The Telegraph
Since 1st March, 1999
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Just a voice wanting to be heard

It is afternoon. Little Rahul is busy with the action, not in the park but on television. This is his window of opportunity between school and study at home. His mother believes an hour of TV will tire him less than an hour on the field.

In the evening, the family will be out for dinner at a relative's. Not Rahul. His tutor will be coming at the stroke of six and there's a test coming up.

But Rahul's mother does not know how this claustrophobic world is closing in on the boy. In an attempt to reach out to troubled souls and open the eyes of their guardians Samikshani, a mental healthcare centre in south Calcutta, organised an exhibition themed 'Youths under Pressure' over the weekend on its 25th anniversary.

Stress among adolescents and youth is assuming epidemic proportions, rued counsellor Banani Ghosh. 'We are encountering increasing cases of depression, suicide attempts, truancy, loneliness and unwantedness. These symptoms mostly boil down to that one cause.'

The symptoms even spread to the realm of the physical. 'A child may be feverish or suffer a stomach ache for days but tests will reveal nothing. Doctors are referring them to us,' Ghosh added.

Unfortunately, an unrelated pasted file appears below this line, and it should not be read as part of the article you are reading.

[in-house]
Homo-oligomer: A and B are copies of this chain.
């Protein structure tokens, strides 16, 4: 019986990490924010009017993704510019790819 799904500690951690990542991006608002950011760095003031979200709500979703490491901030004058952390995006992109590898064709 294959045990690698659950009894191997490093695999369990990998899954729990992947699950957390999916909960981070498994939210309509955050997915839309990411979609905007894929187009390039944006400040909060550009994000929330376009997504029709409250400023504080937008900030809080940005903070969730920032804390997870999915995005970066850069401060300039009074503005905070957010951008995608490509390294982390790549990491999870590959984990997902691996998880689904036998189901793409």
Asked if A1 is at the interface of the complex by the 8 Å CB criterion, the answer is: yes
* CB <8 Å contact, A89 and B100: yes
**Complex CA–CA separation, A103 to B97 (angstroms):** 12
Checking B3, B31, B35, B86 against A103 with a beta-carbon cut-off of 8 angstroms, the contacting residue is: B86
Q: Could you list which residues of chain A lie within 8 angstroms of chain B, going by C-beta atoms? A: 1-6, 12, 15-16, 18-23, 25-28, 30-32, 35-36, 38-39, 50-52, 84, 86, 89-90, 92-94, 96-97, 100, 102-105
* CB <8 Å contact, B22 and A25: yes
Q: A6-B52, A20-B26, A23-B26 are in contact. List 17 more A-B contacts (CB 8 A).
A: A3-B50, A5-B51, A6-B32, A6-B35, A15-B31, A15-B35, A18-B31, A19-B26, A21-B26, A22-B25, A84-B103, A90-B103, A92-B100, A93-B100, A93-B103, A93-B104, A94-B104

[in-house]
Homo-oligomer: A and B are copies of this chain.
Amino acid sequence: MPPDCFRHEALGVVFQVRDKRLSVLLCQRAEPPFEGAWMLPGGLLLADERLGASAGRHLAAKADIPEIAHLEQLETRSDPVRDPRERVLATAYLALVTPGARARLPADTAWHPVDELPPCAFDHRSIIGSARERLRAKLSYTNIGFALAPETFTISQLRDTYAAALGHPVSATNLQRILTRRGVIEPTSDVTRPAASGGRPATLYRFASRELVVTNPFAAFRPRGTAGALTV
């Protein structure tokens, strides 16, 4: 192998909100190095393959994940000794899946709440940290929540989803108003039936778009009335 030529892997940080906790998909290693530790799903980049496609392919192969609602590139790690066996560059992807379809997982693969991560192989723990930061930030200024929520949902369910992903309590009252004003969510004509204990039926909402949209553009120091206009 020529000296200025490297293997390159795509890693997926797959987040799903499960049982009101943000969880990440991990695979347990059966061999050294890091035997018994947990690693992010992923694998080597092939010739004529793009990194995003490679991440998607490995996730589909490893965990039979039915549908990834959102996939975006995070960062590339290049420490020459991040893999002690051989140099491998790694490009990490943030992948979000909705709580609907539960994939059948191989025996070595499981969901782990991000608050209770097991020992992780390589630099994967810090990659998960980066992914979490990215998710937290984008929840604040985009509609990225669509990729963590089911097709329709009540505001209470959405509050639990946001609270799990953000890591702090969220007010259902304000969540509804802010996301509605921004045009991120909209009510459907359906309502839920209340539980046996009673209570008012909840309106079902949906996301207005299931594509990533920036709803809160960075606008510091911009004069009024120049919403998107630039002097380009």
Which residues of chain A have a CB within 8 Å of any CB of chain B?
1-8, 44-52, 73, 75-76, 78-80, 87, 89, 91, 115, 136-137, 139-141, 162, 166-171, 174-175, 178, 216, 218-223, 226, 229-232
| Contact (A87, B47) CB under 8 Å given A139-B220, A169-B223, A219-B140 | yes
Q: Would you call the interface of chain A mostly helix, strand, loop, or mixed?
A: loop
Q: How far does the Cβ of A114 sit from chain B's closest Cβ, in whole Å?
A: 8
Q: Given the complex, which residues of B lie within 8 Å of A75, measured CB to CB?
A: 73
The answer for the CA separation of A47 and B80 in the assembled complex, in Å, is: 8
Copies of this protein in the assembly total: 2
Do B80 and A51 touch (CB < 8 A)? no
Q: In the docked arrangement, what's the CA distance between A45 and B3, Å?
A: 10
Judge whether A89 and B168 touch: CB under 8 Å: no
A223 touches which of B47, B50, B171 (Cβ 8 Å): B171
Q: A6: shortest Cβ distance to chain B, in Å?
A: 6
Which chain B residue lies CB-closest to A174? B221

That is not all. 'Eighty to 90 per cent physical illnesses have a psychological component. Also violence, drugs, drinking problems' all originate in the mind,' points out Rotraut Roychowdhury, founder-secretary of Samikshani.

The South End Park-based institute has mapped minds since 1980 when T.C. Sinha, former president of Indian Psychoanalytical Society, started training a band of enthusiastic post-graduates. 'On seeing our interest, he set up an institute at his residence,' recalls counsellor Jolly Laha.

While the number of members has increased from a single digit to around 70, the institute has started offering a one-year course at Jadavpur University. 'The course is an integrated approach to various therapies. Since the variety of clients is vast in India, counsellors need to be fully equipped,' Roychowdhury said.

The exhibition dealt with much more than depression, conduct disorders, peer relations and role confusion. 'It's surprising to see a poster on gays here,' said Rasheeqa Ahmad, a 20-something from the UK. Added her friend Ana Sagaseta, a psychology graduate from Spain: 'India is like my country in that people are not yet open to seeking help.'

Another visitor, Sujata Dey, mother of little Ananda, opined: 'The crisp wording of the posters helps clear confusion in us,' while walking up to take a spot test on emotional intelligence at the venue.

At least one family got much more help. A couple took its eight-year-old son to counsellor Laha manning a counter with the complaint that he was a bully. Cutting short their narration of their son's misdemeanours, she asked: 'Have you ever asked him why he behaves this way' The son, sullen and sickly, burst out in tears: 'Keu amar kotha shone na (No one listens to me)'.

Son walked out hand-in-hand with parents from the Academy of Fine Arts hall. His voice had been heard at last.

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